This article is part of the supplement: Quantitative inference of gene function from diverse large-scale datasets

Open Access Method

Combining guilt-by-association and guilt-by-profiling to predict Saccharomyces cerevisiae gene function

Weidong Tian1, Lan V Zhang14, Murat Taşan1, Francis D Gibbons15, Oliver D King16, Julie Park2, Zeba Wunderlich17, J Michael Cherry2 and Frederick P Roth13*

Author Affiliations

1 Department of Biological Chemistry and Molecular Pharmacology, Harvard Medical School, Longwood Avenue, Boston, Massachusetts 02115, USA

2 Department of Genetics, School of Medicine, Stanford University, Stanford, California 94305-5120, USA

3 Center for Cancer Systems Biology (CCSB), Dana-Farber Cancer Institute, Jimmy Fund Way, Boston, Massachusetts 02115, USA

4 McKinsey and Company, Hansen Way, Palo Alto, California 94304, USA

5 Merrimack Pharmaceuticals, Kendall Square, Cambridge, Massachusetts 02139, USA

6 Boston Biomedical Research Institute (BBRI), Grove St., Watertown, Massachusetts 02472, USA

7 Massachusetts Institute of Technology, Massachusetts Ave, Cambridge, Massachusetts 02139, USA

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Genome Biology 2008, 9(Suppl 1):S7  doi:10.1186/gb-2008-9-s1-s7

Published: 27 June 2008

Abstract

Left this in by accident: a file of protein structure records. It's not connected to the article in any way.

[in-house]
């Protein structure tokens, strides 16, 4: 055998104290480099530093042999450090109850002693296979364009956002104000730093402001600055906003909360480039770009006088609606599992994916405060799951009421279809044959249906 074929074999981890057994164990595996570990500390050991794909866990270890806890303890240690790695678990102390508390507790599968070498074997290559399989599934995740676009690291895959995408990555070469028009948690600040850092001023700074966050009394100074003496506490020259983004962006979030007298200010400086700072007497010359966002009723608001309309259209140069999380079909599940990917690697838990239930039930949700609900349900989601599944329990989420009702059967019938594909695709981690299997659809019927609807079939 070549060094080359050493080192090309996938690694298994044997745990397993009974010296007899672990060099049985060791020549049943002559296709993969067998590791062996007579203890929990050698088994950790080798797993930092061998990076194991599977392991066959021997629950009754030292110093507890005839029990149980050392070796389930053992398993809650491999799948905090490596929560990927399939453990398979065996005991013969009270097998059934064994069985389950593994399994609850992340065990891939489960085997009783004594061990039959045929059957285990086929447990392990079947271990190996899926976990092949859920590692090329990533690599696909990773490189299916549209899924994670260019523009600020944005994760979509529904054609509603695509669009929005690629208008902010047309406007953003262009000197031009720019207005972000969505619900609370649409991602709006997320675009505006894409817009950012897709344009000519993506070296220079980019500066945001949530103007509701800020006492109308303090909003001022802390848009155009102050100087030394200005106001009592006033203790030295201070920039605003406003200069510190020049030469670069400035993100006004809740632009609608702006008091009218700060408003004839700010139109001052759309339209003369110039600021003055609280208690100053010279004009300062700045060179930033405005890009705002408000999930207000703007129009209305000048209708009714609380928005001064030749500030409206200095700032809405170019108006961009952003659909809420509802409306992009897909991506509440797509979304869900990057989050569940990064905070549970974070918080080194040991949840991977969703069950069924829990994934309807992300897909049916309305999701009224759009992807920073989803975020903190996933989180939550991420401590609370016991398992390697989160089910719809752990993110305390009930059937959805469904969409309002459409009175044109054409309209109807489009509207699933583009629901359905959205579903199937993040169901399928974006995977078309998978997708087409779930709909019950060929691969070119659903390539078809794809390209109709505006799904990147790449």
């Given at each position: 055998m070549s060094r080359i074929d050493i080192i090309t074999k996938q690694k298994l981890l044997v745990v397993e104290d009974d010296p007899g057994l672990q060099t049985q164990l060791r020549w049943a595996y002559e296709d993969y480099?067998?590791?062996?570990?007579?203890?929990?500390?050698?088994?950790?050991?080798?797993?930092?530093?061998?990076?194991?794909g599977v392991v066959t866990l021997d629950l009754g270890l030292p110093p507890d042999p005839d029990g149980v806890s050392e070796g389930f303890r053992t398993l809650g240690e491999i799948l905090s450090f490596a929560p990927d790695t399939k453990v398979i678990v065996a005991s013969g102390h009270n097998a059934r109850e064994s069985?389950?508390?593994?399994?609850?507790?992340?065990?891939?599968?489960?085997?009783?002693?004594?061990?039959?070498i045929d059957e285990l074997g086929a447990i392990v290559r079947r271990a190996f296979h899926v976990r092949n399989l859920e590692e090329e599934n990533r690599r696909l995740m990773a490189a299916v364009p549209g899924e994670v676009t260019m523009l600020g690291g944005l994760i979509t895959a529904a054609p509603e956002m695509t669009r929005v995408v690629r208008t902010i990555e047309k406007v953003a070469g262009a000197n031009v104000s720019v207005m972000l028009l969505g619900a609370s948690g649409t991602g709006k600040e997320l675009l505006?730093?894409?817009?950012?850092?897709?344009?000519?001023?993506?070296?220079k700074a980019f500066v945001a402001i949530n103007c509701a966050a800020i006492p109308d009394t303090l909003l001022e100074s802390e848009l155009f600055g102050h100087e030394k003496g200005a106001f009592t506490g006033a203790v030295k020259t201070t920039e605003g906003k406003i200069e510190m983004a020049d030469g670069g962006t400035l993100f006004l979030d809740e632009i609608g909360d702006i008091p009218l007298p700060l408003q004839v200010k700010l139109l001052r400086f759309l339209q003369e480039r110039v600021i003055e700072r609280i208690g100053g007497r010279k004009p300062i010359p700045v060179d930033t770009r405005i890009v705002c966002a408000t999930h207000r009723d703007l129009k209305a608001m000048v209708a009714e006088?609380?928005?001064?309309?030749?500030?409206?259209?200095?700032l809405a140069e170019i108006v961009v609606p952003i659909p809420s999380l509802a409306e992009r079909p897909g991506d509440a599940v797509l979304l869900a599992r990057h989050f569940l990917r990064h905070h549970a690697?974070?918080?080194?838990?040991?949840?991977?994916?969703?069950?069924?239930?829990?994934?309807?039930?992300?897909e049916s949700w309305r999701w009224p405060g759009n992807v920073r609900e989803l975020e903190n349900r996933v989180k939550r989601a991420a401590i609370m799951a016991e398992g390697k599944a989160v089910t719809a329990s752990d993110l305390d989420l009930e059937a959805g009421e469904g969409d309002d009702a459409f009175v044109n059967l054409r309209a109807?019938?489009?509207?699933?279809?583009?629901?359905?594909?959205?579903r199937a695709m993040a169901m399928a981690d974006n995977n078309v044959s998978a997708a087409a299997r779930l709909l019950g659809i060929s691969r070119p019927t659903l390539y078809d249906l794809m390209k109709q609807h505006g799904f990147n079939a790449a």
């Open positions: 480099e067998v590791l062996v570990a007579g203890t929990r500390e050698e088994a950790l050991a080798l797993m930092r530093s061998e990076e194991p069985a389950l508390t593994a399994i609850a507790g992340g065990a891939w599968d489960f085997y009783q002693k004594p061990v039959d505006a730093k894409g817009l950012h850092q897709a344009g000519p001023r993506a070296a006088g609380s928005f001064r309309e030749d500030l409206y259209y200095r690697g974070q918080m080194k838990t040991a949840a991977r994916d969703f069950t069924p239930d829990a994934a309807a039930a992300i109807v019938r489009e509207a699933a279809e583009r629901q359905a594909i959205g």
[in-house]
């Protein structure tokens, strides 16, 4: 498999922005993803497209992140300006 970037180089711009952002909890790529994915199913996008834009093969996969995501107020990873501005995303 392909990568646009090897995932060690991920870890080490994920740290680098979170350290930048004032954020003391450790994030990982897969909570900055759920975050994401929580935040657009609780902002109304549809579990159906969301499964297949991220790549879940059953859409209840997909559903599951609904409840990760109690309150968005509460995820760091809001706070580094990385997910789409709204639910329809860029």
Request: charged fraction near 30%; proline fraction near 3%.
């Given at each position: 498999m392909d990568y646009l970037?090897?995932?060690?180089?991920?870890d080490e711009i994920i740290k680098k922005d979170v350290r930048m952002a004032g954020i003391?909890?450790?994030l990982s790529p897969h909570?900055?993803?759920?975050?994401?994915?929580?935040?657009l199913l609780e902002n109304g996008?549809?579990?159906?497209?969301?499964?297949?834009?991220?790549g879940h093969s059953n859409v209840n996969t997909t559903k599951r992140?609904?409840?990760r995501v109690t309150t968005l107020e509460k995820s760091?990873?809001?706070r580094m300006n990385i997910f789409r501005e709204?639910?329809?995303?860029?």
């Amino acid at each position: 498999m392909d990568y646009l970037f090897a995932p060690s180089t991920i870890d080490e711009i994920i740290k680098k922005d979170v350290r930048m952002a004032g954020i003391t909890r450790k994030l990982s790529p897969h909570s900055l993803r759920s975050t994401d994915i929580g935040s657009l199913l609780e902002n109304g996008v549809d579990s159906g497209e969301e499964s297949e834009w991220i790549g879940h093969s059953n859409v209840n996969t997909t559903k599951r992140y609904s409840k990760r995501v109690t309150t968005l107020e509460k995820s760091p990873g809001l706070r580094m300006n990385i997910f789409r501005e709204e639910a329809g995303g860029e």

Background:

Learning the function of genes is a major goal of computational genomics. Methods for inferring gene function have typically fallen into two categories: 'guilt-by-profiling', which exploits correlation between function and other gene characteristics; and 'guilt-by-association', which transfers function from one gene to another via biological relationships.

Results:

We have developed a strategy ('Funckenstein') that performs guilt-by-profiling and guilt-by-association and combines the results. Using a benchmark set of functional categories and input data for protein-coding genes in Saccharomyces cerevisiae, Funckenstein was compared with a previous combined strategy. Subsequently, we applied Funckenstein to 2,455 Gene Ontology terms. In the process, we developed 2,455 guilt-by-profiling classifiers based on 8,848 gene characteristics and 12 functional linkage graphs based on 23 biological relationships.

Conclusion:

Funckenstein outperforms a previous combined strategy using a common benchmark dataset. The combination of 'guilt-by-profiling' and 'guilt-by-association' gave significant improvement over the component classifiers, showing the greatest synergy for the most specific functions. Performance was evaluated by cross-validation and by literature examination of the top-scoring novel predictions. These quantitative predictions should help prioritize experimental study of yeast gene functions.